20 Jun GENERALLY SPEAKING THE FED DID WHAT ALL THOUGHT IT WAS GOING TO DO
The Federal Reserve left borrowing costs unchanged and signaled an openness to future cuts based upon trade and economic activity. There was one dissent, voting to move the target range to 2.00% to 2.25%. Seven members predicted interest rates will be lowered by year end. (There are 17 members)
As widely known, expectations for the FOMC to lower interest rates increased dramatically after trade negotiations between the US and China stalled in May.
The Committee stated “in light of these uncertainties and muted inflation pressures, the Committee will closely monitor the implications of incoming information for the economic outlook and will act as appropriate to sustain the expansion.”
At the time of this writing, the probability of a July reduction is about 83% according to fed funds futures contracts.
In my view the Committee did not state it will reduce rates but will instead continue to monitor the situation. At this juncture unless the trade war with China intensifies dramatically, based upon current conditions expressed by the Fed, I believe the case for easing is weak. Furthermore I think if the Committee did not acknowledge potential weakness, markets would have been crushed.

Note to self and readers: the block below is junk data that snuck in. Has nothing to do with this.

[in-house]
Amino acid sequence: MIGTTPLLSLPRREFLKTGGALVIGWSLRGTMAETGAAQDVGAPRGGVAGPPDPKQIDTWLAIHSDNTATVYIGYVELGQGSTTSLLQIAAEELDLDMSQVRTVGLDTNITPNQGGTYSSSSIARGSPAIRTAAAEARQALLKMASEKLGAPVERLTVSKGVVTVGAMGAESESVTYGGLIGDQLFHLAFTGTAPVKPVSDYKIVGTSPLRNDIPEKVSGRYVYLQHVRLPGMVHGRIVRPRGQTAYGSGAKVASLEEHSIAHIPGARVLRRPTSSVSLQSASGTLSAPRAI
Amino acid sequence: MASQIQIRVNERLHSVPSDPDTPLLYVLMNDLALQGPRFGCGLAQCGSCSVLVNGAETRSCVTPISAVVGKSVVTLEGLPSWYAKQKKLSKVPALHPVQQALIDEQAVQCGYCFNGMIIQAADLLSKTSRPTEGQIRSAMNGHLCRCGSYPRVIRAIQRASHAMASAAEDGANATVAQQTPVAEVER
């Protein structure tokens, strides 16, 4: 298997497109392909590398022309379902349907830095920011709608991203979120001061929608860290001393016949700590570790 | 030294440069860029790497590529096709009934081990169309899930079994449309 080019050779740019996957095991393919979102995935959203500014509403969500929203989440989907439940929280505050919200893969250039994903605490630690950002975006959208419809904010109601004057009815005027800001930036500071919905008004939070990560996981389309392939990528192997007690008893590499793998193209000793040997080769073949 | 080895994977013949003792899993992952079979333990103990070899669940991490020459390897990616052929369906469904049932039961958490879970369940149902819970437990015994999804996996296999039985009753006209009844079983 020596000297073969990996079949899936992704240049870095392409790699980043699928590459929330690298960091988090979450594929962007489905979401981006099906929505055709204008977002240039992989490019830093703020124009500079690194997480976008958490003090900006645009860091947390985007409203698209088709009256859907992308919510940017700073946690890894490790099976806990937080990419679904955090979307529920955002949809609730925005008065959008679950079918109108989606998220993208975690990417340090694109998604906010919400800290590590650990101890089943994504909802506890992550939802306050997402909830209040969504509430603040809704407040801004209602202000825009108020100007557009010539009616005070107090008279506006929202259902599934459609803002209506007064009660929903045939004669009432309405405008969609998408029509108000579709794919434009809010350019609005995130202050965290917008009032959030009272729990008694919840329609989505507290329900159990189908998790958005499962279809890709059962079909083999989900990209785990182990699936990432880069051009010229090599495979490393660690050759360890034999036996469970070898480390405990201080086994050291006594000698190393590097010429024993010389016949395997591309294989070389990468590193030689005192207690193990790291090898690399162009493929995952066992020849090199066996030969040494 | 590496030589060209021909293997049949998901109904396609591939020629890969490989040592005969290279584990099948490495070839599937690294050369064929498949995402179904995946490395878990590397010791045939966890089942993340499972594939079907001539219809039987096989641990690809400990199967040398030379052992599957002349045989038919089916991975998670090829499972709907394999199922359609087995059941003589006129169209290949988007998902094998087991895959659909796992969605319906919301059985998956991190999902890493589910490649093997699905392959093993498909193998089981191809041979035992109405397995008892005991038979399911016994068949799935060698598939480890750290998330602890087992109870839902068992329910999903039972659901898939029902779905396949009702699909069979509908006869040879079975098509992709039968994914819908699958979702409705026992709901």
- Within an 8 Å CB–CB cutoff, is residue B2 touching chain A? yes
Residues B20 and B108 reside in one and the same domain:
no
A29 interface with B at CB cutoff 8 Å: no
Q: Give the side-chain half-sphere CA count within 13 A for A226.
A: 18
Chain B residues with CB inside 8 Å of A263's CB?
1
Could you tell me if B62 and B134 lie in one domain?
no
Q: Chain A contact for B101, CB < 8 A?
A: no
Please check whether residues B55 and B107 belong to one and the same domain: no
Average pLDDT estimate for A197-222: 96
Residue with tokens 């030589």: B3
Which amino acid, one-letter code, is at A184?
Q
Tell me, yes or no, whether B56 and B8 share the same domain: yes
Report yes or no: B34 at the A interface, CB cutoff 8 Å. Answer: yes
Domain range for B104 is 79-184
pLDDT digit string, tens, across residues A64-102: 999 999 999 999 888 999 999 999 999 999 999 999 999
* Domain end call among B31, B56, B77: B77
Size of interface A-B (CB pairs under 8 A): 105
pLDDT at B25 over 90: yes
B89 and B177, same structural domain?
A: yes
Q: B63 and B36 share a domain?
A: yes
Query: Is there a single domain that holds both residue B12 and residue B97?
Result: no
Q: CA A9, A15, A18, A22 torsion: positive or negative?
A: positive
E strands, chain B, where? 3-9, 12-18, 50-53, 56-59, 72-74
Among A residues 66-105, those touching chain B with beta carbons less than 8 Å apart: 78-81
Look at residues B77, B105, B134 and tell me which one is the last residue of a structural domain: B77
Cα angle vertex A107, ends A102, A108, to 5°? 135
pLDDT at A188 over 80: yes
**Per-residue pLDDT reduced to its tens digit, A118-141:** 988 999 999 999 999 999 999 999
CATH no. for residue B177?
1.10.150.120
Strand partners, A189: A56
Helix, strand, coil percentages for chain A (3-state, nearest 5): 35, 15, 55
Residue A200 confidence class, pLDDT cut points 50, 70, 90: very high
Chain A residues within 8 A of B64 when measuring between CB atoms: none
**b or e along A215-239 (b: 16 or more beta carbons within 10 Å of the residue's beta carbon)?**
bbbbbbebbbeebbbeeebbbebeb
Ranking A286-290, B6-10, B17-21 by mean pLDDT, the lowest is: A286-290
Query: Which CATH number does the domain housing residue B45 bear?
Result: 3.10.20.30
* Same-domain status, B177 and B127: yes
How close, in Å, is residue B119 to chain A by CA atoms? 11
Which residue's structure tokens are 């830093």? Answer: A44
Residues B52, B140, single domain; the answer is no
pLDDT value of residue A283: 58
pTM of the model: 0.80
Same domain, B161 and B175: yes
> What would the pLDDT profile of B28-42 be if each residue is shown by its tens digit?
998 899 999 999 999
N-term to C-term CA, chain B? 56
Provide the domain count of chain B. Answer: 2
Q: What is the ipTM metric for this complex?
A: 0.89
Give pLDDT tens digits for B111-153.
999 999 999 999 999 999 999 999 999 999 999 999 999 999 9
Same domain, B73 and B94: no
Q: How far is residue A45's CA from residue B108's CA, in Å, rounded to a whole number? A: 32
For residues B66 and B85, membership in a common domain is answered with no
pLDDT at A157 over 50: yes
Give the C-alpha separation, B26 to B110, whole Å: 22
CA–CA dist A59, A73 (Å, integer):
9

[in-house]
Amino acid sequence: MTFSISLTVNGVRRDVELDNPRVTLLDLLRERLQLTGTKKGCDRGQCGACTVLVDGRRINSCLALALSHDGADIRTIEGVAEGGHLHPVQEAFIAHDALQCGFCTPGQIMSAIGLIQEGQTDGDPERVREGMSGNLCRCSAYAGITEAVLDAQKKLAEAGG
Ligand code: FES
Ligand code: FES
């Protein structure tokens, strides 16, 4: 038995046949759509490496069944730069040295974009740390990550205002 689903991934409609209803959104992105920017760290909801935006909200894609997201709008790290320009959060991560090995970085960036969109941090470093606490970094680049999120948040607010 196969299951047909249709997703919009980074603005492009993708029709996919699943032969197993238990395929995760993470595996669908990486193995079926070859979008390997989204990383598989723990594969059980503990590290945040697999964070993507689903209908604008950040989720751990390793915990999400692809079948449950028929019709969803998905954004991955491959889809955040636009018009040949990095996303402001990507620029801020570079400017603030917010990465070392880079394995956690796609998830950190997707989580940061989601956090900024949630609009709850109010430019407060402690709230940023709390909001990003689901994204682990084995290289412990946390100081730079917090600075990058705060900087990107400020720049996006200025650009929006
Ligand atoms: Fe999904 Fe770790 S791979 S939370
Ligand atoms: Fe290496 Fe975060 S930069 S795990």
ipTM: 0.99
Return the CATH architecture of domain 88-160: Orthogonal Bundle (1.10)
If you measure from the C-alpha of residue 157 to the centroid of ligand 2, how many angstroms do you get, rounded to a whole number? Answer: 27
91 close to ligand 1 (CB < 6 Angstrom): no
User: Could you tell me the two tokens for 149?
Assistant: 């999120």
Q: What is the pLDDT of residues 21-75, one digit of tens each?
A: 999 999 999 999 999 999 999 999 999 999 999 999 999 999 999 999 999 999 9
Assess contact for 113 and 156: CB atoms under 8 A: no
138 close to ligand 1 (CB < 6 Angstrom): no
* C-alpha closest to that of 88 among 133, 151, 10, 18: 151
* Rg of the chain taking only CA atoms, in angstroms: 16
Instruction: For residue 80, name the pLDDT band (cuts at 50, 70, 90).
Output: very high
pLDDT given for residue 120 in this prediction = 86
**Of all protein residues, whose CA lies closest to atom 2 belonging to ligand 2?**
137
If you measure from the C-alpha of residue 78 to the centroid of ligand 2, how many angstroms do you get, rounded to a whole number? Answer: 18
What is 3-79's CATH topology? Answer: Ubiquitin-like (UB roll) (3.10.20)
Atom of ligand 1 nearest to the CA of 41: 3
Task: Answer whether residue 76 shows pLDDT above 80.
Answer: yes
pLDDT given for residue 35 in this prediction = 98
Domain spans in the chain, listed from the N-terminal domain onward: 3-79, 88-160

Unlike the May meeting, the FOMC did not lower the interest rate on excess bank reserves.
I ask rhetorically, what happens if there is a trade deal? Will such cause yet another change in monetary policy expectations?
Markets had a nominally positive response to the outcome for such was largely expected.
Last night the foreign markets were up. London was up 0.59%, Paris up 0.59% and Frankfurt up 0.82%. China was up 2.38%, Japan up 0.60% and Hang Sang up 1.23%.
The Dow should open moderately higher on the contradiction between lower interest rates, higher oil and trade optimism. The 10-year traded to the lowest yield since November 2016, a decline no one six months ago remotely thought was to occur. Oil is surging because of regional tensions, tensions which are not remotely reflected in energy shares. I ask will the oil complacency be shattered in many different dimensions? And then there is trade. If trade optimism continues to rise, is this not negative for interest rates?
The 10-year is up 7/32 to yield 2.0%.